Land of the free...In this unique collection of tales, Louis L'Amour captures the frontier experience as it lives forever in the American imagination.A young woman heads west to marry, only to find her intended fiancé the subject of dark rumors....
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December 31, 1980
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Excerpt from Buckskin Run by Louis L'Amour
For two days they had seen no other traveler, not even a solitary cowhand or an Indian. There had been the usual stops to change teams, and overnight layover at Weston's ranch, but no other break in the monotony of the journey.
There was no comfort in the west-bound stage. The four passengers alternately dozed or stared miserably at the unchanging desert, dancing with heat waves.
No breeze sent a shaft of coolness through the afternoon's heavy heat. Aloma Day, bound for Cordova, a tiny cowtown thirty miles farther down the trail, felt stifled and unhappy. Her heavy dress was hot, and she knew her hair "looked a fright."
The jolting of the heavy coach bouncing over the rocky, ungraded road had settled a thin mantle of dust over her clothes and skin. The handkerchief with which she occasionally touched her cheeks and brow had long since become merely a miserable wad of damp cloth.
Across from her Em Shipton, proprietor of Cordova's rooming and boarding establishment, perspired, fanned, and dozed. Occasionally she glanced with exasperation at Aloma's trim figure, for to her the girl seemed unreasonably cool and immaculate. Em Shipton resembled a barrel with ruffles.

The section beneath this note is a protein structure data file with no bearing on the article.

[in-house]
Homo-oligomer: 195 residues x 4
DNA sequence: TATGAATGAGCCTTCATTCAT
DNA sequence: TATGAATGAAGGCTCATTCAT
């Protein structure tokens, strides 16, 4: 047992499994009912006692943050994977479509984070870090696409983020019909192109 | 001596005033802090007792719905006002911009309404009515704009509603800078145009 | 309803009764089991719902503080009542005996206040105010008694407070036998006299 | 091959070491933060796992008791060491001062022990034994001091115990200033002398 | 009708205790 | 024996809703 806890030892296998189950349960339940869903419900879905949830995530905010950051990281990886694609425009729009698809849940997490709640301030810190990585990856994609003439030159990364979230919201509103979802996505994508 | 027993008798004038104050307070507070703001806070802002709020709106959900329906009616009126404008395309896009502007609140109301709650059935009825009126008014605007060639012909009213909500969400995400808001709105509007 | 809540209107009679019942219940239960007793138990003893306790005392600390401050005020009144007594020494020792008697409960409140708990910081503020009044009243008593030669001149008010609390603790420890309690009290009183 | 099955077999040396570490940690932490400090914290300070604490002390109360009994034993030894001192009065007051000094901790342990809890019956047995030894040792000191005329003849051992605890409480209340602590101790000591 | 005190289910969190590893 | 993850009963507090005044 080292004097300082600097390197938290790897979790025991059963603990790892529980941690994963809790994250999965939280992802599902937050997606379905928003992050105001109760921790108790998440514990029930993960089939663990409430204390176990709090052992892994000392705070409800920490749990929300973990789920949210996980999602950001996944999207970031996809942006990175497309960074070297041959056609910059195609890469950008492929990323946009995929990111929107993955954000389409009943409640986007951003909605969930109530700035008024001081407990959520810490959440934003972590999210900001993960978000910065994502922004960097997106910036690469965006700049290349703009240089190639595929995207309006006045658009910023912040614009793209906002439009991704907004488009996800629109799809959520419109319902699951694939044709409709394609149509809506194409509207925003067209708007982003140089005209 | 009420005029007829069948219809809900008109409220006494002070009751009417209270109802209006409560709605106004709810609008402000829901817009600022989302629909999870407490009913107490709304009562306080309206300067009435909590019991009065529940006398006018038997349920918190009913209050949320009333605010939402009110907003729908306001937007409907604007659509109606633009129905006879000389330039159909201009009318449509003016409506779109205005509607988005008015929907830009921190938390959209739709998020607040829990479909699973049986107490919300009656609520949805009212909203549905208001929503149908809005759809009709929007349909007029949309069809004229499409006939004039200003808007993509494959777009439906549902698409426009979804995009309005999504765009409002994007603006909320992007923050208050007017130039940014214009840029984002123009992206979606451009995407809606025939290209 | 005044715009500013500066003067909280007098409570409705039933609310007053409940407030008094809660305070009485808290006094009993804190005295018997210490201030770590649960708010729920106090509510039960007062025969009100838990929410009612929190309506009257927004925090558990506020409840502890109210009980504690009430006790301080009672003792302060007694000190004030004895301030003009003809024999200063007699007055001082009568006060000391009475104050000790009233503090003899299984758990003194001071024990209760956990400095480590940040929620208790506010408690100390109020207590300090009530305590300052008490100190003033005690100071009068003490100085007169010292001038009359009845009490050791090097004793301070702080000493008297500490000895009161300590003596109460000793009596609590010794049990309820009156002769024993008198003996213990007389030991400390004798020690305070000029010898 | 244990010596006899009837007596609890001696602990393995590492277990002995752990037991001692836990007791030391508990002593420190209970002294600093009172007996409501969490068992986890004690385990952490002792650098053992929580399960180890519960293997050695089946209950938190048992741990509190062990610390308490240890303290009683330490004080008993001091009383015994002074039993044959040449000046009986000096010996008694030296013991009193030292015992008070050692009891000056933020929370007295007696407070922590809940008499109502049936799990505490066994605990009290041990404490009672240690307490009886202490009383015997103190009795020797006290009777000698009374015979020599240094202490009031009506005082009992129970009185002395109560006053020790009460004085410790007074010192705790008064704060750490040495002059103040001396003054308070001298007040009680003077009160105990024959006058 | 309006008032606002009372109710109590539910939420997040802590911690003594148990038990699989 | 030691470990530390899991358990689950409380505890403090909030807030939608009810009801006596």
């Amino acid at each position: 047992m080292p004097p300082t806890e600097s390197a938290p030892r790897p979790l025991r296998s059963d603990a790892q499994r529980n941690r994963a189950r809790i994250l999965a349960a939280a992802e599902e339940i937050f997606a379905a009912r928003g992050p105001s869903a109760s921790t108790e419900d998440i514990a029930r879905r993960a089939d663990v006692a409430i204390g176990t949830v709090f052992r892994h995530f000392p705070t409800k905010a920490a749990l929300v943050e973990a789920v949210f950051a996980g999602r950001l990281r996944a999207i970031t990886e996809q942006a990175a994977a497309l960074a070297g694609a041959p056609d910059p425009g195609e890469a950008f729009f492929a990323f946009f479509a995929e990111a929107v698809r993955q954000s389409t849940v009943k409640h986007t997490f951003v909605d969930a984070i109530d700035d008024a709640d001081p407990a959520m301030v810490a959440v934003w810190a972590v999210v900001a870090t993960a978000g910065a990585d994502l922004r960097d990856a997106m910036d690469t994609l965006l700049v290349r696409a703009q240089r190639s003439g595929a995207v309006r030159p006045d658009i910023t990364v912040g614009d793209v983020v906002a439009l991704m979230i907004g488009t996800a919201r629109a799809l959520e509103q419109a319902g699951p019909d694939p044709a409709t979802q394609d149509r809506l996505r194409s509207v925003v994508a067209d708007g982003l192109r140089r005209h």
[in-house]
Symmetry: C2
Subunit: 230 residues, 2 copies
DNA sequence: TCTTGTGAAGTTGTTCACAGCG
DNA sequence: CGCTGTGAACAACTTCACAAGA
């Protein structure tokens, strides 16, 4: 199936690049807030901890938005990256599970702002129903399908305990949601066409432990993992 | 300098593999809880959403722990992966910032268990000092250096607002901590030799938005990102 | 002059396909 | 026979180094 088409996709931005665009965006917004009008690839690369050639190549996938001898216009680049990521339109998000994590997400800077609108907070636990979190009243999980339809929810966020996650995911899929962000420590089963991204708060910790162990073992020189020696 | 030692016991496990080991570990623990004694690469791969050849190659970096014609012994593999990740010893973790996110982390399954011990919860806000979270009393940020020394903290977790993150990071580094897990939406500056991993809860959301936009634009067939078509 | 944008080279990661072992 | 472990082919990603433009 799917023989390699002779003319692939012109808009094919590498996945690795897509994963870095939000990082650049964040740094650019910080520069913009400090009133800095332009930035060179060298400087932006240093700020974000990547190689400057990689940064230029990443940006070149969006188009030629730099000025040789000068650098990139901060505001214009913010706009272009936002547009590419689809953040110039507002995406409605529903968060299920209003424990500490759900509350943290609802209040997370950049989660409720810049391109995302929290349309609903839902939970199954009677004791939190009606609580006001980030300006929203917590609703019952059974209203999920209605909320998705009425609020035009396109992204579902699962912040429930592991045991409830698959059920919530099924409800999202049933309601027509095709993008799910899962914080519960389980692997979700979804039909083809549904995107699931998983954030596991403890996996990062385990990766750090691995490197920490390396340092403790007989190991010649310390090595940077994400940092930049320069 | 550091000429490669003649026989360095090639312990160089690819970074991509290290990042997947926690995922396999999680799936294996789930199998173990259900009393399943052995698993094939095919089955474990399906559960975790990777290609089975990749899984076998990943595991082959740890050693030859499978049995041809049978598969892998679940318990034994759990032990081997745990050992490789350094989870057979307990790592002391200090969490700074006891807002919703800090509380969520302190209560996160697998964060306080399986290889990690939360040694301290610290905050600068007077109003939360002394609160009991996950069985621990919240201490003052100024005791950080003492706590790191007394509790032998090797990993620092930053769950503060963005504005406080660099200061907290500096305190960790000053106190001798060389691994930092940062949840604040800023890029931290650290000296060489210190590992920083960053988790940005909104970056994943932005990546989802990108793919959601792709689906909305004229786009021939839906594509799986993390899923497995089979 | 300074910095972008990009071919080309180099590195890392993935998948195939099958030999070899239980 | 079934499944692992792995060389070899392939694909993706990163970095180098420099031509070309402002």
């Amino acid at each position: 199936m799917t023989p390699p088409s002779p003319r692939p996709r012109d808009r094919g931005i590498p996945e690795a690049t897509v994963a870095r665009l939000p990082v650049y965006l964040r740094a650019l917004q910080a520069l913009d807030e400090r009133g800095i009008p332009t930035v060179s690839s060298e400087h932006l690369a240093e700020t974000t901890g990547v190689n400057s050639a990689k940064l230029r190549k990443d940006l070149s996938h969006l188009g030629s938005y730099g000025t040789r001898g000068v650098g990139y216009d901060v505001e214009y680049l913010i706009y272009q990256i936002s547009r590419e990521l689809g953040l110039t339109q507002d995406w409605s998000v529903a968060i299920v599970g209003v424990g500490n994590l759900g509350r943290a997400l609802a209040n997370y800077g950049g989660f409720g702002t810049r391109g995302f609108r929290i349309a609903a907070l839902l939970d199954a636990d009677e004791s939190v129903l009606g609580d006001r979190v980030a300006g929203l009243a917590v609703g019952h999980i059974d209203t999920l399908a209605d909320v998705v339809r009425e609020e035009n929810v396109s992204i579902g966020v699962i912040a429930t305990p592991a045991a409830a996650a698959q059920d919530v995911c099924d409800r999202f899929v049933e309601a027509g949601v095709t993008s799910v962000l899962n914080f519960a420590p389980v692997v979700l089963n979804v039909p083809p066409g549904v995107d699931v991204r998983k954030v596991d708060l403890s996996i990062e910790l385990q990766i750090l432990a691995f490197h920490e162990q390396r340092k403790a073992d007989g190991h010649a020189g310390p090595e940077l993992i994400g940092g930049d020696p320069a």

Mark Brewer, cattle buyer, touched his moutache thoughtfully and looked again at the girl in the opposite corner of the stage. She was, he decided, almost beautiful. Possibly her mouth was a trifle wide, but her lips were lovely and she laughed easily.
"I hope," he ventured suddenly, "you decide to stay with us, Miss Day. I am sure the people of Cordova will do all they can to make your visit comfortable."
"Oh, but I shall stay! I am going to make my home there."
"Oh You have relatives there "
"No," she smiled, "I am to be married there."
The smile left his eyes, yet hovered politely abot his lips. "I see. No doubt I know the lucky fellow. Cordova is not a large town."
Loma hesitated. The assurance with which she had decided upon this trip had faded with the miles. It had been a long time since she had seen Rod Morgan, and the least she could have done was to await a reply from him. Yet there was no place in which to wait. Her aunt had died and they had no friends in Richmond. She had money now for the trip. Six weeks or a month later she might have used it all. Her decision had been instantly made, but hte closer she came to Cordova the more uncertain she felt.
She looked at Brewer. "Then you probably know him. His name is Roderick Morgan."
Em Shipton stiffened, and Mark Brewer's lips tightened. They exchanged a quick, astonished glance. Alarmed at their reaction, Loma glanced quickly from one to the other.